STRUCK DUMB: THE INVASION BEGINS: Hopeful voices have been
suggesting since before the Hollywood writers’ strike began that the U.S.
networks would be looking northward to fill gaping holes in primetime schedules,
but those brief but fervent fantasies of seeing shows like Intelligence, Corner
Gas, Whistler, Da Kink In My Hair or Air Farce on U.S. big four network prime
time have been dashed cruelly.
So far, the only Canadian show that’s actually found a place on U.S.
airwaves since the strike began has been Kenny Vs. Spenny, which made its debut
on the cable Comedy Central network mostly because South Park’s Trey Parker and
Matt Stone were fed a big turkey dinner and lots of wine and cocoa and given a
“full service” massage before being wrapped in comfy bearskins and shown an
episode of the Showcase show, after which they were hypnotized and told to
dictate a nice e-mail to their friends at Comedy Central.
In this context, I can confidently proclaim that the “floodgates” have
“opened,” and we’re about to inundate U.S. airwaves with Canadian programming.
Well, it’s just one show, actually – a co-production between CTV and CBS that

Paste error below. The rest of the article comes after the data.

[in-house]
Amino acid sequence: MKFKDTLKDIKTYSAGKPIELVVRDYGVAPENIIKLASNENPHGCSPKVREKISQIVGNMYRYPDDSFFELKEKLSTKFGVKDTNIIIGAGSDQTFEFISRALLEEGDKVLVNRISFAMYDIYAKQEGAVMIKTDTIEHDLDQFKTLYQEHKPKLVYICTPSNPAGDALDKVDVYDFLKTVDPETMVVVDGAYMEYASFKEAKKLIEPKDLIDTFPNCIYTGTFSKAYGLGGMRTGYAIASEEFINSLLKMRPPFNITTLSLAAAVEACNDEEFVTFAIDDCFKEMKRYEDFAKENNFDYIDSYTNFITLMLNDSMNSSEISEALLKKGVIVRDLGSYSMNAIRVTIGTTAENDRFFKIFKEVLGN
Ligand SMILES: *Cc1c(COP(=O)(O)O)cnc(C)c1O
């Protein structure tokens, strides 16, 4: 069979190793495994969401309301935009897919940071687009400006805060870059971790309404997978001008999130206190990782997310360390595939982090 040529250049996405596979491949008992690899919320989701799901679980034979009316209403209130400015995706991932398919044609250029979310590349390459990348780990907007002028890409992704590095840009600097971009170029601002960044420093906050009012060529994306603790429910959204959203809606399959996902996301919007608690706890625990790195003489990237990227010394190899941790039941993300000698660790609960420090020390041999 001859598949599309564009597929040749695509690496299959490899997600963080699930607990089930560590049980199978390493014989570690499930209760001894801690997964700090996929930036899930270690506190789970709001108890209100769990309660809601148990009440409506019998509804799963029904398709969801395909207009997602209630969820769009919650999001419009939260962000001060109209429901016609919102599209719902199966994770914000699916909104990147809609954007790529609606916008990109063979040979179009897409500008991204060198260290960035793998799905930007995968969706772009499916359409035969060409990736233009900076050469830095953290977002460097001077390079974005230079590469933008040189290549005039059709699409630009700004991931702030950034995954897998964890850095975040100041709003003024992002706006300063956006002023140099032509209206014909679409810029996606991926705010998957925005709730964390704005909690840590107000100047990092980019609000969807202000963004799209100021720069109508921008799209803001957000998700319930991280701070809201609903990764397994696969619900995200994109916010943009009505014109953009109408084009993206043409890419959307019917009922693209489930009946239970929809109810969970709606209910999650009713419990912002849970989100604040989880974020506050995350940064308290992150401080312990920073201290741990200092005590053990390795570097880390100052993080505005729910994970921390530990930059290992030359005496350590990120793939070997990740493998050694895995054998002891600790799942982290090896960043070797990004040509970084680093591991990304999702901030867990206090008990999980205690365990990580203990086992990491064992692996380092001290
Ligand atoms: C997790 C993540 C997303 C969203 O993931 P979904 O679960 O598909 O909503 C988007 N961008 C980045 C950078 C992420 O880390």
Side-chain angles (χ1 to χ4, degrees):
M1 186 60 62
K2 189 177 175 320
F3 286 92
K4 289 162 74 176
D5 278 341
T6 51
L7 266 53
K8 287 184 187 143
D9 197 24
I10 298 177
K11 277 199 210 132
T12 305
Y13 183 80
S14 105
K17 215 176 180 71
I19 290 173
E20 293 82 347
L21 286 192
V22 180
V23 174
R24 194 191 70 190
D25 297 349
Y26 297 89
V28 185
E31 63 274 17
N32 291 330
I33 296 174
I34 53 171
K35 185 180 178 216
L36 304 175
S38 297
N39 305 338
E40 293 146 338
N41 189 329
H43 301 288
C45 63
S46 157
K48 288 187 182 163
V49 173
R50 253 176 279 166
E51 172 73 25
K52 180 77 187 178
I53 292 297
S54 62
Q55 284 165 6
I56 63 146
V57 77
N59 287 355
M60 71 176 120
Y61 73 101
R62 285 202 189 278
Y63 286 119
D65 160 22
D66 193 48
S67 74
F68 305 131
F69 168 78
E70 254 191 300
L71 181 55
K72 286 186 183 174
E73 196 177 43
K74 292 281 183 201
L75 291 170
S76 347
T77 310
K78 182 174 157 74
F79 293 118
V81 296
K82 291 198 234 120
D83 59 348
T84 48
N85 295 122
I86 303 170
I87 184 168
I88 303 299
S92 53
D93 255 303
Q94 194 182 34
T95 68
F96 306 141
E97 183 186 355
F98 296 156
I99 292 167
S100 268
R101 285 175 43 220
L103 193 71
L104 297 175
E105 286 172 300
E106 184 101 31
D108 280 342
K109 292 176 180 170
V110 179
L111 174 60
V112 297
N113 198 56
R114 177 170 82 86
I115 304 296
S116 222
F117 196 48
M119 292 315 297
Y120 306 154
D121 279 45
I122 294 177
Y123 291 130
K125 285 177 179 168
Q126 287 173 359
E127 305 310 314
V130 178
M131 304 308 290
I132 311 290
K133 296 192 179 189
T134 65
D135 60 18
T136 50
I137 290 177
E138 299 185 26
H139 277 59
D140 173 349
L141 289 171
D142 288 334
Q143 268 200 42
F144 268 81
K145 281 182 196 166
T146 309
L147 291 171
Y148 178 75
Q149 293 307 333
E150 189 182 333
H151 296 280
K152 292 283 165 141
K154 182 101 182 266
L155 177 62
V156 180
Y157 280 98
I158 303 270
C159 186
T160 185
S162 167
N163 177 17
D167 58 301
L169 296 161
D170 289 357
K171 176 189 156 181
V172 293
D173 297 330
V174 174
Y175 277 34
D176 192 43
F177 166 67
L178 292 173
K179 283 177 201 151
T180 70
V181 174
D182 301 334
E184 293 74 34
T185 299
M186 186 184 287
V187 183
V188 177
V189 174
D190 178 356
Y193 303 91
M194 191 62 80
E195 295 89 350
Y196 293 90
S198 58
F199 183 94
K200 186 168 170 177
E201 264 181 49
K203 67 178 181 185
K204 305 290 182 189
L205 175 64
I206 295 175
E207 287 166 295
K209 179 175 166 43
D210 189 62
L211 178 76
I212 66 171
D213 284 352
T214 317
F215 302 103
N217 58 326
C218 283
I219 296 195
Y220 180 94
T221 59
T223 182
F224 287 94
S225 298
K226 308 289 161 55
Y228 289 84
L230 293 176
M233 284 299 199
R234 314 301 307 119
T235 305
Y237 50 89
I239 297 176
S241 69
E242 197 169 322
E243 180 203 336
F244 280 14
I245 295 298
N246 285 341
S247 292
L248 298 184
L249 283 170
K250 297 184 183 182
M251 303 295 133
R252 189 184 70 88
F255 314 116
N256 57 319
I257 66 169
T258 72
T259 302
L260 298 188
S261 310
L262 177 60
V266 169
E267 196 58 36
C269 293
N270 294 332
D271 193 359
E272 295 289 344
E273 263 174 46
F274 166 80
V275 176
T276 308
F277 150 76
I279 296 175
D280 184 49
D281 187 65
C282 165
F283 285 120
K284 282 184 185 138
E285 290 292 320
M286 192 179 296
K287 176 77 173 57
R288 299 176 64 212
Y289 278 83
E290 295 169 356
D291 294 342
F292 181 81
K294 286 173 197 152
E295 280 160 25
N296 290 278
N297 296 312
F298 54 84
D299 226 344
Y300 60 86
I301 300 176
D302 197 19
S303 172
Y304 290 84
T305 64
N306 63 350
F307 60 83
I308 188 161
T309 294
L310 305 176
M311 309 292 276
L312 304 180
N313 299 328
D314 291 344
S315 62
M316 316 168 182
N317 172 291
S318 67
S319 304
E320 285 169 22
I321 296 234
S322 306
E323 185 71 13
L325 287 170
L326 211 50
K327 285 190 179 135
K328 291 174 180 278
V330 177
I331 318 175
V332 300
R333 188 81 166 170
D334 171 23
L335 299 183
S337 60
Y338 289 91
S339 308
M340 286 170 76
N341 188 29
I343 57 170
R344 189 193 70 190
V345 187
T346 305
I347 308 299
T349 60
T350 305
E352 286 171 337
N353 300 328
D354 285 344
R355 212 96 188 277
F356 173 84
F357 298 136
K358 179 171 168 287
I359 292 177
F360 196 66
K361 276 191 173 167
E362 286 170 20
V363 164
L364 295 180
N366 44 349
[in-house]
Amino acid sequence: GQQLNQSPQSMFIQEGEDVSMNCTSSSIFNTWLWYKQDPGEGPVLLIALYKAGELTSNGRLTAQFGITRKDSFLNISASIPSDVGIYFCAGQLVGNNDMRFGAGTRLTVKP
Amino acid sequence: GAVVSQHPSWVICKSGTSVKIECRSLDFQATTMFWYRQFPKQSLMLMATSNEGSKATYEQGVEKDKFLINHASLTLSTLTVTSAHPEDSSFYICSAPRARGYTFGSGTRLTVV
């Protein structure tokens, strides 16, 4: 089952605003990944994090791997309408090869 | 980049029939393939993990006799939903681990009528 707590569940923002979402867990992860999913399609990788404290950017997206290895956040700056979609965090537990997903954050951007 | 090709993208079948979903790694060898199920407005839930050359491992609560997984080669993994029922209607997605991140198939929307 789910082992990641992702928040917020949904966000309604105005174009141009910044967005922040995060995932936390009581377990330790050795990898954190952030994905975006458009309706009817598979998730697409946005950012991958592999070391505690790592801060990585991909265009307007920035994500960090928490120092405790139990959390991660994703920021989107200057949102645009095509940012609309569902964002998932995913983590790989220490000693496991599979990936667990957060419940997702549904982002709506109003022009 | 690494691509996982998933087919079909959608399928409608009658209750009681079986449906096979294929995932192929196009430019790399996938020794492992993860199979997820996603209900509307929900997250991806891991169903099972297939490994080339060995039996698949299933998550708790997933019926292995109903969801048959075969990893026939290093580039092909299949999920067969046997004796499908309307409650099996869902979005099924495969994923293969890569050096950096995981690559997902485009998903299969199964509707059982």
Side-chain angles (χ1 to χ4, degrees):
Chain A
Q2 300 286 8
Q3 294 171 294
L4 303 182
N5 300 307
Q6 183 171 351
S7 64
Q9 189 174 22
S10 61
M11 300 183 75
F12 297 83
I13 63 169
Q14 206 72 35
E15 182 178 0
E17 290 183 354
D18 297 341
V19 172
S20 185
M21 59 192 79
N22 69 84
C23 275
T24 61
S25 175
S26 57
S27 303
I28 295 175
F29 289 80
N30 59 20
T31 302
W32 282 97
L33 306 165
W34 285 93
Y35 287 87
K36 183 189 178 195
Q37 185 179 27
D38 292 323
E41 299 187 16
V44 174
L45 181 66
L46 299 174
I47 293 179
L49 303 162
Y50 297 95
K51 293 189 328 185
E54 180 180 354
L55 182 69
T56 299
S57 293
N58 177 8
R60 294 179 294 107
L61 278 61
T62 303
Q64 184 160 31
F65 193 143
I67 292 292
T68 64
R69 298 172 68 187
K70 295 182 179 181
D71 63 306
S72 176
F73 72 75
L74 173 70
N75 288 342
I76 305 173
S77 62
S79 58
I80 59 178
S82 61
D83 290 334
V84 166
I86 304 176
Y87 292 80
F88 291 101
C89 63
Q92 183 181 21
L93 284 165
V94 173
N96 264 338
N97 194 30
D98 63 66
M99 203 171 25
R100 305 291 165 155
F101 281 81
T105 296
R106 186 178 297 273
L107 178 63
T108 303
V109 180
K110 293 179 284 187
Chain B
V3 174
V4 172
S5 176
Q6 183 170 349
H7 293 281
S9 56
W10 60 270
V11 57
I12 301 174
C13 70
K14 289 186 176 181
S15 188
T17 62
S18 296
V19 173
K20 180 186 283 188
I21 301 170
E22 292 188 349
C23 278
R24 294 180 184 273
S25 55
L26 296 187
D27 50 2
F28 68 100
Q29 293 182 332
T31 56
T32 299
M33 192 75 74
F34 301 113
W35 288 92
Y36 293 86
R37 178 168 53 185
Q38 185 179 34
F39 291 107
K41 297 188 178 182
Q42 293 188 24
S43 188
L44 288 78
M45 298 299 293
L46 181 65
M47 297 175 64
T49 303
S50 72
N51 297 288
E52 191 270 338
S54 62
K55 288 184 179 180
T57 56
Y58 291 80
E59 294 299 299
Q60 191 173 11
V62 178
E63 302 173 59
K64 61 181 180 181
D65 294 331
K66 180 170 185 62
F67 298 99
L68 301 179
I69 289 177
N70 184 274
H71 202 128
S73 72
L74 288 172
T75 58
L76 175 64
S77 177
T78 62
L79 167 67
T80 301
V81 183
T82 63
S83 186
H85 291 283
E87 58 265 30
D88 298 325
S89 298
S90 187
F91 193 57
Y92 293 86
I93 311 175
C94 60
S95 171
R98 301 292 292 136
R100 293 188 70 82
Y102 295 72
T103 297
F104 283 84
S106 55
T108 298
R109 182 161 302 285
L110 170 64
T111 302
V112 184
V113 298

was announced this week with a story in Variety.
Flashpoint is – surprise, surprise – a police drama, which will feature
both Canadian writers and actors, including Enrico Colantoni, formerly of
Veronica Mars. Scheduled to debut in early summer, the series is “believed to be
the first scripted project developed and ordered to series by a broadcast
network since the WGA walkout in November,” according to the Variety story.
CBS says that they’re looking to do more deals like this, as a way of
cutting down the development cost of pilots, and have been negotiating with
producers in the U.K., Australia and Israel.
"It just worked," an unnamed CBS exec told Variety. "It hit all the right
buttons for us. And we had a great meeting with the producers, who already had
story ideas for another four or five episodes."
Production will also happen up here, though it seems that the American
partners had to be reassured that production values “will be as good as any
American production,” according to “a person familiar with the project.”
Which means that we’ll have to hold off for a few episodes before the
main character starts talking to his faithful police dog, or takes long,
ruminative walks in the snow, or storylines shift to the rural Maritimes, where
the business of police work takes a back seat to the coming of age story of a
young girl with ambitions larger than gutting cod on her father’s boat, dreaming
all the time about becoming a singing star in Toronto.
These are our stories people, and they have to be told.